The Cali Life by
LOCAL PHOTOG GREG CALI
Wrench & Rodent
October & November
featuring Music Studios
Big Fish, Cinematics
& Studio West
THE ART OF SOUND
M I S S I O N S T A T E M E N T
“Back To Cali” Magazine celebrates the vibrant California lifestyle with local news
and features that honor our unique and multicultural community. The publication
is designed for everybody who enjoys living an active and positive lifestyle. We
include elements that awaken the mind, body and spirit to the tropical California
state of mind. We provide locals and visitors an experience of California’s culture
to take with them on their journey and a reminder of the gorgeous place we are so
blessed to share. We succeed in helping the world fall in love with California time
and time again.
I S S U E 2 O C T O B E R 2 0 1 9
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W H A T ’ S
KAABOO Highlights | 8
20 | Music Studio
Restaurant Review | 10
WRENCH & RODENT
22 | Encinitas Cruise Night
Local Art Gallery Spotlight | 13
THE CALI LIFE
24 | Musician Feature
The Cali Life Weddings | 14
LOCAL PHOTOGRAPHER GREG CALI
26 | Sweatiquette
Music Studio | 16
28 | Events
OCTOBER & NOVEMBER
18 | Music Studio
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the center of Downtown San Diego’s Gaslamp District.
Virgin Fest, the musical festival face for Richard Branson’s Virgin brand, will include
both KAABOO Cayman and KAABOO Texas as well as the newly re-named
KAABOO San Diego and states it will not be rebranded, and is an expansion for
the KAABOO brand.
The KAABOO Del Mar edition closed-out its three-day festival with a full moon
rising, over a Friday the 13th weekend, with an all-star lineup which included
Mumford & Sons, Maren Morris, Kings of Leon, Silversun Pickups, Duran Duran,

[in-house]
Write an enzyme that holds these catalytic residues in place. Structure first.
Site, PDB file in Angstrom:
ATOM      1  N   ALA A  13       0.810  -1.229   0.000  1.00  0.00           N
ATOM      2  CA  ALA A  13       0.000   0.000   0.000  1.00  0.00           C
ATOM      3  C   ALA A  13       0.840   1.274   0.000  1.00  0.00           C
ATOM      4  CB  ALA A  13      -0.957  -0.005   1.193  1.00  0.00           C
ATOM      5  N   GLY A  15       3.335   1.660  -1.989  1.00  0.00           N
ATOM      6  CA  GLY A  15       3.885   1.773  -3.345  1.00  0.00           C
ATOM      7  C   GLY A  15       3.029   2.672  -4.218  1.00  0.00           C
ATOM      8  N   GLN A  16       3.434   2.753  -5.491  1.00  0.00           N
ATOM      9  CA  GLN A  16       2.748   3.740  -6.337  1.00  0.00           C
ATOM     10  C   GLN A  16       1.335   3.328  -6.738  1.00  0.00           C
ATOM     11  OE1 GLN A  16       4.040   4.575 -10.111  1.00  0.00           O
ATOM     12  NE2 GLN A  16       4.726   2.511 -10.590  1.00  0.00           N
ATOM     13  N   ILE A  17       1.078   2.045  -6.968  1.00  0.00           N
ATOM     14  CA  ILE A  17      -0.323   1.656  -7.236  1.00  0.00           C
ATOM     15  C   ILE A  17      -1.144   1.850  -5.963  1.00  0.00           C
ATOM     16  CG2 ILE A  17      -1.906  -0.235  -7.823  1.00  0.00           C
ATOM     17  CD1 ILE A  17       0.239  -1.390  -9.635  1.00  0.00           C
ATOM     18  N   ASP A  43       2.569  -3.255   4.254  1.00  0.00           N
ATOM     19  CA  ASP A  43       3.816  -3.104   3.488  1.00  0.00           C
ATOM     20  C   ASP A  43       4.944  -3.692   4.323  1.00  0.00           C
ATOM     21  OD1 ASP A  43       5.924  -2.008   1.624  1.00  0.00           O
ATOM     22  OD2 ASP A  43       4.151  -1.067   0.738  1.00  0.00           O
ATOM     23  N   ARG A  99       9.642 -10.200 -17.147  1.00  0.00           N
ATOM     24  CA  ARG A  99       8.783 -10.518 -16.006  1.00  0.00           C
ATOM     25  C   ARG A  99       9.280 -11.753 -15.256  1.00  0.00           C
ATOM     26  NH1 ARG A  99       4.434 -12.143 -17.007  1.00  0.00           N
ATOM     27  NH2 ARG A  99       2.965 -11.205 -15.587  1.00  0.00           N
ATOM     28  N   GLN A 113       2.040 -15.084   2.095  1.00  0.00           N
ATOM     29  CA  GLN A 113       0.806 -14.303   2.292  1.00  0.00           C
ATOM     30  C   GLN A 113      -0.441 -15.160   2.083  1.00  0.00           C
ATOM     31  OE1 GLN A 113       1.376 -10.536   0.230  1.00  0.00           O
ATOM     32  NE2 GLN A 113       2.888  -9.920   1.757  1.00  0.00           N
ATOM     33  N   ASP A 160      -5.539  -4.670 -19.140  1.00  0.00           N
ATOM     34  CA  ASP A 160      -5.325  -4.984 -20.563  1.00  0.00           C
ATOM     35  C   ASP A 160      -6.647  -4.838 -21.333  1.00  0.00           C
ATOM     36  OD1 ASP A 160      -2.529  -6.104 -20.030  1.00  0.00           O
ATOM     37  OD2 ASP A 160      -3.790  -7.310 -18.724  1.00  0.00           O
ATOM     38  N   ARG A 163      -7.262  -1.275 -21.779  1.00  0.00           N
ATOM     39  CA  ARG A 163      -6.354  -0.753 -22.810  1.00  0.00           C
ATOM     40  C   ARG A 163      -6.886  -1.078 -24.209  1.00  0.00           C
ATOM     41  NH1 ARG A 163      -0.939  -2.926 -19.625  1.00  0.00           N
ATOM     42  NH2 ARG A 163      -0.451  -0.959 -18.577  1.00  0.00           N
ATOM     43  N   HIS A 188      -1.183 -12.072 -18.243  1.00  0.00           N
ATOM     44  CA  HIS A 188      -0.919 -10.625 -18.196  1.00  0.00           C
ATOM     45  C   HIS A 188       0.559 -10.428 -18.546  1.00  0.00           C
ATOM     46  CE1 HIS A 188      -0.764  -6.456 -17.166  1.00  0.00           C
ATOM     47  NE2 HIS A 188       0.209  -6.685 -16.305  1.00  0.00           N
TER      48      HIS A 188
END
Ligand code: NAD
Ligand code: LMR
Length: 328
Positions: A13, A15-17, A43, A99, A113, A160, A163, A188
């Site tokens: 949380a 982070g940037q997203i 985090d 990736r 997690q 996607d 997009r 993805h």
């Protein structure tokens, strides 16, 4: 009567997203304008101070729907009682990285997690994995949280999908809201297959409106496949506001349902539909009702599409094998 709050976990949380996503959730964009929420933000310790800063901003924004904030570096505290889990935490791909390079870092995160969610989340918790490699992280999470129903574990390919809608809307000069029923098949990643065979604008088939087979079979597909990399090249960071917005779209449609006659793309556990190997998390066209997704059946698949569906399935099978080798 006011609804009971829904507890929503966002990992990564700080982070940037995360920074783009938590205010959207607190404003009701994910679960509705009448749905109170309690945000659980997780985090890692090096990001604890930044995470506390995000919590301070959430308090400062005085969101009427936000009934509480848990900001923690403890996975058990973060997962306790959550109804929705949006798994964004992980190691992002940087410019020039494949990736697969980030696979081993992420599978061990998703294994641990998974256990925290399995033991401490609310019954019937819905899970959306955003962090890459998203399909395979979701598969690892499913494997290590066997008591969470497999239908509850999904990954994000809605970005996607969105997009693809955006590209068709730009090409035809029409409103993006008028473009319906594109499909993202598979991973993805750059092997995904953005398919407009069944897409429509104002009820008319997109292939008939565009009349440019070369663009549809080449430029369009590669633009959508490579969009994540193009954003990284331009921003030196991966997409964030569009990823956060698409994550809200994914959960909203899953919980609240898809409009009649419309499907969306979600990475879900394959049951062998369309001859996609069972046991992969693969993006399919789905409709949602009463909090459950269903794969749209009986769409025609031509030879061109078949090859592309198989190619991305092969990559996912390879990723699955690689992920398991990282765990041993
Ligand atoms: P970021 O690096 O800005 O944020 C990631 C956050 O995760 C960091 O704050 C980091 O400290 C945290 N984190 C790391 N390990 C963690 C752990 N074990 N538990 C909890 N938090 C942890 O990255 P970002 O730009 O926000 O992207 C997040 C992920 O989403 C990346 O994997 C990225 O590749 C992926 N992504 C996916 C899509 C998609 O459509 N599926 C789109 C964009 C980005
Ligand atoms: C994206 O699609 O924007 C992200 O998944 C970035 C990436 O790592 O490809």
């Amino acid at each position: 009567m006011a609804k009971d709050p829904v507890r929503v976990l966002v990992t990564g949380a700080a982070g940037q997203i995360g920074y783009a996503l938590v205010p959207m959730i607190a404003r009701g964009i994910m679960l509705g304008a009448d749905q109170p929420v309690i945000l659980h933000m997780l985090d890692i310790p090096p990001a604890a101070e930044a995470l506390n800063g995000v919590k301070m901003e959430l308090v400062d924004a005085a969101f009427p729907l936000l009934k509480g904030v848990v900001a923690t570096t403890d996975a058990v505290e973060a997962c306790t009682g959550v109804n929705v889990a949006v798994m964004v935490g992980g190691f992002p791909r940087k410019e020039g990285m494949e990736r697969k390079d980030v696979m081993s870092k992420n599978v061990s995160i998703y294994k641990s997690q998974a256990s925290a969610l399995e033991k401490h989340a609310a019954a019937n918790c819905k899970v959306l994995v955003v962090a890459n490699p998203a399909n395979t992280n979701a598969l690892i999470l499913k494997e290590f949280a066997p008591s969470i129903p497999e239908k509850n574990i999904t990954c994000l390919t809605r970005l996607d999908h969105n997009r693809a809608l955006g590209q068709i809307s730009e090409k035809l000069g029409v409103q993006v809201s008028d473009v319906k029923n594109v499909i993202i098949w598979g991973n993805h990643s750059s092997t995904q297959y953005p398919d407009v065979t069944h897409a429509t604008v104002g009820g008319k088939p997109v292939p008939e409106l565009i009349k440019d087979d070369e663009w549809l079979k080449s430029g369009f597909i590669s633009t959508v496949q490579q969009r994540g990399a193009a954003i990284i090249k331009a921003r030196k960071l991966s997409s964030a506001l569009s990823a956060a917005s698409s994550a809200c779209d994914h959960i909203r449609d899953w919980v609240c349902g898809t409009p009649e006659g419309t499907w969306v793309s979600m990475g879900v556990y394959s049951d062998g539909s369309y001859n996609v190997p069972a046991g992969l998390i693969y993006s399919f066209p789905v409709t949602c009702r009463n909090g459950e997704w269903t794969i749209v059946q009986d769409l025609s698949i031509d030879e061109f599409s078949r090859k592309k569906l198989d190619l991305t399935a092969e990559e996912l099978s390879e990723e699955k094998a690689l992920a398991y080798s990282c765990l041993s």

Snoop Dogg and the Wu Tang Clan, Black Eyed Peas, Boys II Men, Dave
Matthews Band, Xavier Rudd, Colbie Caillat, as well as performances by Cash,
Cheat Codes, One Republic, Alec Benjamin, Sublime with Rome, and San Diego’s
own Switchfoot. A special live performance by actor Kevin Bacon and his
brothers’ new band, The Bacon Brothers and more!
Comedians Wayne Brady, Tom Green, Bob Saget, and Kevin Smith performed
for private viewings on the HUMOR ME stage. This marked the second consecutive
year that the event has been sold-out days in advance with over 35,000
patrons visiting each day.
D E L M A R
By: Michael Drentea
KAABOO Del Mar, the upscale Southern California music festival celebrated its
fifth and final year in Del Mar this past September 13 through Sept. 15. Days
later founders Bryan Gordon and Seth Wolkov announced they sold the music
festival and 100% of its assets to Virgin Fest, which was brokered by Latham &
Watkins, a Los Angeles-based law firm, through Virgin Fest CEO Jason Felts for
an undisclosed amount. As KAABOO enters a new multi-year partnership with
the San Diego Padres, and changes its name from KAABOO Del Mar to KAABOO
San Diego, it will take its venue in 2020 from North County to Petco Park and
Park Hill project representatives The Rza, The Gza, Method Man, Raekwon The
Chef, and the Ghostface Killah from the Grammy nominated New York based
rap group, the Wu Tang Clan is on tour celebrating their 25th commemorative
anniversary of their 1993 debut album “36 Chambers” bringing former Wu
Photo: Alive Coverage
Photo: Rocio Guzman
BLACK EYED PEAS
Photo: Michael Drentea
Photo: Michael Drentea
Photo: Michael Drentea
Tang Clan member the late, Ol’ Dirty Bastard’s firstborn son, Young Dirty
Bastard on tour with the group for the first time. The group is also promoting
their new film, “Wu -Tang: An American Saga” in theaters September
2019 and shown on HULU.
Sublime performed with singer Rome Ramirez, who lived in San Diego
County for a moment in both the communities of Fallbrook and Oceanside
who had plenty of local support from both family and friends.
R&B band Boyz II Men performed for the first time ever in front of an audience
with live instruments, and both the Black Eyed Peas and Duran Duran
announced new female band members, making for some cool music history
at KAABOO Del Mar’s last year, with another sell-out performance, and an
incredible sunset backdrop and great energy!
By: Lucia Viti
Davin Waite is a foodie. But not just any foodie. The culinary talent
has been dubbed one of the “top five best chefs” by food critics
within America’s Finest City.
The owner of Oceanside’s Wrench & Rodent Seabasstropub, and
self-described scrappy, irreverent, mad scientist “manipulates flavors”
of seafood, vegetables and plants in ways noted as “pretty